Trends and I are friends. I am always hunting for niche news publications and newsletters willing to make bold, informed asserts about what’s around the corner. 

This morning, I finally signed up for, a subscription-based extension of the geniusly entertaining and unexpected newsletter, The Hustle. In a particular article, the author detailed category trends across start-ups that received funding since the date that Trump declared a travel ban to Europe due to COVD-19 (March 11th). 

In short, biotech and health tech, according to the article’s analysis, have been clear winners of VC backing over the past few months. 

But the provocation of the article that truly struck me is quote below: 

“Balaji Srinivasan — one of the earliest and most astute commentators on the current crisis and former general partner at venture capital firm Andreesen Horowitz — believes that “the 2020s will be the decade of biomedicine… almost everything else may crash, but budgets for this will be unlimited… what the internet was to software, or crypto was to finance, the virus will be to biomedicine.” (, May 2020)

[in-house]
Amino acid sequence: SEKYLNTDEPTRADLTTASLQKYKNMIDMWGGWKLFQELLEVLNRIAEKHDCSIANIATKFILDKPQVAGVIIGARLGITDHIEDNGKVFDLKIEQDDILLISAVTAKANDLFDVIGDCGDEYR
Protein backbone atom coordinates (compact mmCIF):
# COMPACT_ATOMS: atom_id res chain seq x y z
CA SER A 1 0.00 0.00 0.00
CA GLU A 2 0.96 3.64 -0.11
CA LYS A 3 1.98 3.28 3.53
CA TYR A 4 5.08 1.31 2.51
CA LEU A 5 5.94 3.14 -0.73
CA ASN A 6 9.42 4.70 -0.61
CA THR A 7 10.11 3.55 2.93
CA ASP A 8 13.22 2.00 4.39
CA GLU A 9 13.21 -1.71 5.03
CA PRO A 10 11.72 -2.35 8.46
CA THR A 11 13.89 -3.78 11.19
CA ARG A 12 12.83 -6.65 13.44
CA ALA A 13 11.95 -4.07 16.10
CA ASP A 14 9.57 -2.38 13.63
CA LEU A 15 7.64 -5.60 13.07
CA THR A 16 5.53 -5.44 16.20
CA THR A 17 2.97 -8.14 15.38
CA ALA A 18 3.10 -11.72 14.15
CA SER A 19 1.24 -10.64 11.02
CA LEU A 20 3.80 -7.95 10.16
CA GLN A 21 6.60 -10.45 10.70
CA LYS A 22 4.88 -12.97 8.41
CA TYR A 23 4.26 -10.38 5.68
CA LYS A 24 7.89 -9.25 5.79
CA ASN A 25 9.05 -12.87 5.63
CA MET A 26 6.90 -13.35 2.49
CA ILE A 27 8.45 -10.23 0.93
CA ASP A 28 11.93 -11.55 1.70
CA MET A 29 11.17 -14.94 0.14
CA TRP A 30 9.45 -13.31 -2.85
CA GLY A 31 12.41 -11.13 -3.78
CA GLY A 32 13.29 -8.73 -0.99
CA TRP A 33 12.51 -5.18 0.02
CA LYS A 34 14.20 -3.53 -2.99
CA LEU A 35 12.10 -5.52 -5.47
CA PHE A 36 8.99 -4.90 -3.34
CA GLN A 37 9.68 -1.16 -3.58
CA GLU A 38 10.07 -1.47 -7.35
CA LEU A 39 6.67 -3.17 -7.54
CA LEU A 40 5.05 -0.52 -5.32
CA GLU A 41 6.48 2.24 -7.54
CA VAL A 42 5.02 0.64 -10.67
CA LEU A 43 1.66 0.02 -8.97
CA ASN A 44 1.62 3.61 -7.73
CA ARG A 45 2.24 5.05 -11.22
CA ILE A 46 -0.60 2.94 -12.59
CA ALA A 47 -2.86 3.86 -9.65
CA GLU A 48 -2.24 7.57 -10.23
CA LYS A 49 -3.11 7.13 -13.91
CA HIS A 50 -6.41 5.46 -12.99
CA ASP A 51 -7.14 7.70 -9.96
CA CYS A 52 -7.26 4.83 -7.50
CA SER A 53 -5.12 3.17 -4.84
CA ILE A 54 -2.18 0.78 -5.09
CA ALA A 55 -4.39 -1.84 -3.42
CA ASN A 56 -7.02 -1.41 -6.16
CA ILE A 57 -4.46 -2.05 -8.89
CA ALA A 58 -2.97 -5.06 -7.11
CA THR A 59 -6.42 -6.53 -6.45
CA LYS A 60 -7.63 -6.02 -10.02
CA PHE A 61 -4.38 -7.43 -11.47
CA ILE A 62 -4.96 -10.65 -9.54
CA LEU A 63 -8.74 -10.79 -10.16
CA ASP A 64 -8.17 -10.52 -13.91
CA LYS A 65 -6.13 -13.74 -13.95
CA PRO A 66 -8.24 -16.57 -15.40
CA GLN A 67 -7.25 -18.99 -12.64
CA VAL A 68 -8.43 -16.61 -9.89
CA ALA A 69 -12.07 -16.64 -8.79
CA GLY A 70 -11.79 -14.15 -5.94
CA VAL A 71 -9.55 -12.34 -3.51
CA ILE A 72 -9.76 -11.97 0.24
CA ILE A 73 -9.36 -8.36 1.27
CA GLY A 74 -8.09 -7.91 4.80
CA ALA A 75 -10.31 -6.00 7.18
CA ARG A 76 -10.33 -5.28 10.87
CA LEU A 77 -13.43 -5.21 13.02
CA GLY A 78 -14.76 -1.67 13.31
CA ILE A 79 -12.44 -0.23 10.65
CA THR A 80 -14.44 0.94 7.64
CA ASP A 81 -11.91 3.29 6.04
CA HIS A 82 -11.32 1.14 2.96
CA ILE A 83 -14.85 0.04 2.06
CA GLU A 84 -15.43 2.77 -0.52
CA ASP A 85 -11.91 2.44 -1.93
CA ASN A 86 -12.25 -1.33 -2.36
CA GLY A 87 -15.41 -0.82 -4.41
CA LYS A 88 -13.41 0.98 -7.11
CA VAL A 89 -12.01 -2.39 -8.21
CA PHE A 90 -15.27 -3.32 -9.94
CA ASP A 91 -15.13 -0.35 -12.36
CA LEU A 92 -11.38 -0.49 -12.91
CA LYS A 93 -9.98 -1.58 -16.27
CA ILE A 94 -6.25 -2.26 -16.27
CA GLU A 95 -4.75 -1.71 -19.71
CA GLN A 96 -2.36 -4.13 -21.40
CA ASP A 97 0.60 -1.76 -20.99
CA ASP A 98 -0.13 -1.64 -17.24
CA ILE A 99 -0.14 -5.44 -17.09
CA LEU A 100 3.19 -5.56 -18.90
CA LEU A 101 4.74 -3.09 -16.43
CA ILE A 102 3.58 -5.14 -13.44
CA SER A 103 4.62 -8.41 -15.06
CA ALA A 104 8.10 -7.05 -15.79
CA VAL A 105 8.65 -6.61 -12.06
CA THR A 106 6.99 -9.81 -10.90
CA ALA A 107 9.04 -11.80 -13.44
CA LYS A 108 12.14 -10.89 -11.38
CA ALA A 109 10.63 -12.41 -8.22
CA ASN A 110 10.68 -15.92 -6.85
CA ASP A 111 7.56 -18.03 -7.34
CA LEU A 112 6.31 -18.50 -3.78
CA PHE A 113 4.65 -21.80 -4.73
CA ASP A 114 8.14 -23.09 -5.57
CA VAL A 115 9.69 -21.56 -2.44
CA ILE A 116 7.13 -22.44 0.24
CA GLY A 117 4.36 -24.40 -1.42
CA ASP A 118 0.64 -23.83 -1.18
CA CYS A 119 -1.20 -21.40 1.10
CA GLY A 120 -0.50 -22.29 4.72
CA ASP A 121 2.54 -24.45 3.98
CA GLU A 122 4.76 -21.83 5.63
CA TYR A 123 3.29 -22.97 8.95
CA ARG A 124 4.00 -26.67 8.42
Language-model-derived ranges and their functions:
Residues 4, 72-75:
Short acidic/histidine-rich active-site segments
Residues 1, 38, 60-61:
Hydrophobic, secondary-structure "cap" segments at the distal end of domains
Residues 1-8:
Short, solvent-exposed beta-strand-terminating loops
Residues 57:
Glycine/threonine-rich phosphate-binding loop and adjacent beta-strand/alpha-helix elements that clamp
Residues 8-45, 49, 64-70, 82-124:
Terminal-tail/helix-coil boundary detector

This idea has particular resonance for me because I’m a strategist, and as said, I’m a lover of trends and predictions. This analogy also hit home because, at present, my primary client Kaiser Permanente is one of the largest nonprofit healthcare plans in the United States, To partner with such an essential company in the time of COVID-19 is a challenging, revealing and fulfilling experience. 

If biotech and other healthcare-related spheres are poised to be the darling of this decade, it’s time the key players in this space invest in brand building. Differentiation and simplicity will be key in communicating value within a fast-growing field – Most importantly, though, will be vision. As the market becomes more saturated, health-related companies will need a clear and consistent vision, defining the role they play in society. 

Innovation, in healthcare and otherwise, needs direction otherwise what is it improving? So the question is the same for start-ups and established players: Why do you exist? What is your contribution to society? 

Kaiser Permente’s mission is “to provide high-quality, affordable health care services and to improve the health of our members and the communities we serve.” It’s a noble start…but leveling up, what do they offer the world beyond their services? 

It’s time to find out… 

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